While urban art has experienced a sprouting of acceptance and industry affirmed nods in the last 10 or so years, until recently, it did not have a clearly defined reputation in the art world. The following article will attempt to explain the development of the urban art movement and how it evolved from the side streets and alley-ways to high-profile private collections, auction houses and museums.
Fifty years after it first started appearing in our cities, art experts along with dealers, collectors and even the press finally started considering street art as an accepted artistic movement. The term ‘street art’ generally refers to artists who use the urban environment as an open arena where they create and freely exhibit their works to the general public. According to this definition, it seems that every artwork found on a public building or structure can be considered street art. However, if we take a closer look, it becomes more obvious that the process of defining this art movement is more complicated than what we think.
One categorically important element in the definition of street art is that it was born independently from the established art world. Contemporary urban installations from such artists like Richard Serra, Anish Kapoor and Christo/Jeanne-Claude, to name a few, are considered to be in the domain of public art rather than categorized as it’s derelict younger relative. Indeed, these high-profile public works are almost always commissioned and directly linked to a specific established arts program or institution.
Another important difference between urban art and commissioned public art is the content, goal and context of the work. Whereas many public works may address a specific academic or conceptual theme, urban art originated from and is influenced by city subcultures and is based on contemporary iconography attracting the attention of the general public.
Street artists originate from a variety of commercial and underground cultures such as pop, punk, cyber, comics, fashion, hip-hop and skateboarding. It is based on an iconographic design that shows heterogeneity in style, medium and procedures. Based on a heterogeneous community, street artists are established worldwide and interact between each other through online platforms, social media, exhibitions and festivals, the latter of which are becoming increasingly popular internationally.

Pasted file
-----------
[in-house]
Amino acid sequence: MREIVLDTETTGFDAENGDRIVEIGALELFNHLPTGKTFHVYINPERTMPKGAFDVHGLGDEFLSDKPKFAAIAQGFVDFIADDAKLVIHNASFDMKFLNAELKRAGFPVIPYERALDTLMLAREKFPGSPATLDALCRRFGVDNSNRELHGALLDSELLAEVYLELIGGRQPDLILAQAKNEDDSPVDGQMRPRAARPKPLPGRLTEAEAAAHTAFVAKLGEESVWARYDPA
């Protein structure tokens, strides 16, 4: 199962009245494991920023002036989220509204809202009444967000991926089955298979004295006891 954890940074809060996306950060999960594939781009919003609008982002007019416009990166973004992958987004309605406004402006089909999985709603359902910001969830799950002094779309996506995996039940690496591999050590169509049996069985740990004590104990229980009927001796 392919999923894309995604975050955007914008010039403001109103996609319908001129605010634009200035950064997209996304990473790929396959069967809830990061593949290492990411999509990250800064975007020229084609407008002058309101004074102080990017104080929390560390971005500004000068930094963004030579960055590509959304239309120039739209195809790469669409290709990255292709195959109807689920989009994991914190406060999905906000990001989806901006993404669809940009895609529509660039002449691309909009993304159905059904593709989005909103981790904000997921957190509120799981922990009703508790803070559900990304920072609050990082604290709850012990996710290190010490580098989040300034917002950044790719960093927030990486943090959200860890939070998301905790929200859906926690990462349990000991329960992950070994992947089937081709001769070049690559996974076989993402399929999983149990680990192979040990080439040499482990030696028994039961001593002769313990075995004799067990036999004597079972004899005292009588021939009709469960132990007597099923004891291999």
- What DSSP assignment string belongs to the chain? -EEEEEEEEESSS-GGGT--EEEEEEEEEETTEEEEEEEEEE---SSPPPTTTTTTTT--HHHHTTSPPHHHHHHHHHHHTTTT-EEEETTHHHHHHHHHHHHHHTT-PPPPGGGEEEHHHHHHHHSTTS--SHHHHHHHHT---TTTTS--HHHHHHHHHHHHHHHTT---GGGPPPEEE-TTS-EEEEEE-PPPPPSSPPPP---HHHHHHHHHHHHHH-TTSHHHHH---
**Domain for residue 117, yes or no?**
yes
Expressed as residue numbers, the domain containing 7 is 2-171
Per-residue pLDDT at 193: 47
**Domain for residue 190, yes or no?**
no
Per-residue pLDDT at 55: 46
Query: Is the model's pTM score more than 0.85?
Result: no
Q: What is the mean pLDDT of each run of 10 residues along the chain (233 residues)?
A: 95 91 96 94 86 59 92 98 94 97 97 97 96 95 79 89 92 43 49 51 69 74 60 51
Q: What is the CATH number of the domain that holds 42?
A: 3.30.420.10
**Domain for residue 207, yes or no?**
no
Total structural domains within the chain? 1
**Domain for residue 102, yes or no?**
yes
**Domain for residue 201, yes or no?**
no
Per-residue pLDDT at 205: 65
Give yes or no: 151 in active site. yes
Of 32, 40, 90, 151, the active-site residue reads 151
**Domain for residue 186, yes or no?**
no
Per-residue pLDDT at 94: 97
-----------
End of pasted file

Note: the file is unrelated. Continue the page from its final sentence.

Having defined the meaning of street art, another important question is how did street art attract the attention of prestigious galleries and museums as well as serious dealers, collectors and art market investors.
The internet and social media have played a crucial role in the development and acceptance of urban art on a mass public scale. Platforms such as Instagram and Facebook are commonly used to share images thus creating a global phenomena of very localized works. We can compare it to the contemporary art fairs in the established art market. A few of the most renowned street art events are ‘Life is Beautiful’ in Los Angeles, USA, the ‘Fame Festival’ in Italy and ‘POW Hawaii’, for which Andipa Gallery is excited to reveal that our represented artist Slinkachu will take part in the POW 2016 edition.
As commercial enterprise began to take notice of the growing popularity of the urban art scene, artists began appropriating their work in the format of ‘indoor’ commercially based works on canvas and prints. The first points of sale at this time were niche cultural venues such as street-wear shops. It didn’t take long for notorious brands such as Vans to understand the visual power of street art and have since forged innovative partnerships. A few artists even decided to invest in their own brand, Shepard Fairey for example, founded the successful clothing company OBEY.
Probably the most popular and internationally acclaimed street artist is the infamously unknown Banksy. His social and politically charged street works fueled by coverage in mainstream culture and media resulted in a high demand for commercially saleable original and multiples that allowed Banksy and other street artists to break into the secondary art market accessing galleries, museums and auction houses. Since 2007, important houses such as Sotheby’s, Christies and Bonham’s have begun to include urban art works as part of their contemporary art program, successfully selling works around the one million dollar mark.
Largely due to the success achieved by artists such as Banksy and Shepard Fairey, urban art earned its place within the institutionalized art world and continues to grow into 2015. Steaming from this recent acceptance and professional advocacy, a new generation of artists are establishing themselves as ‘contemporary urban artists’, connected with the street art community only now being commission for large public works and participating in high-profile gallery and museum exhibitions.
Andipa is proud to collect urban art along with our inventory of modern and post-war contemporary works. We have invested in street art for over 10 years and in 2007 presented one of the largest and most comprehensive Banksy solo exhibitions globally to date. We continue to invest in new contemporary urban artists such as British miniature street artist Slinkachu and are committed to providing professional services for our clients and collectors across this exciting new movement.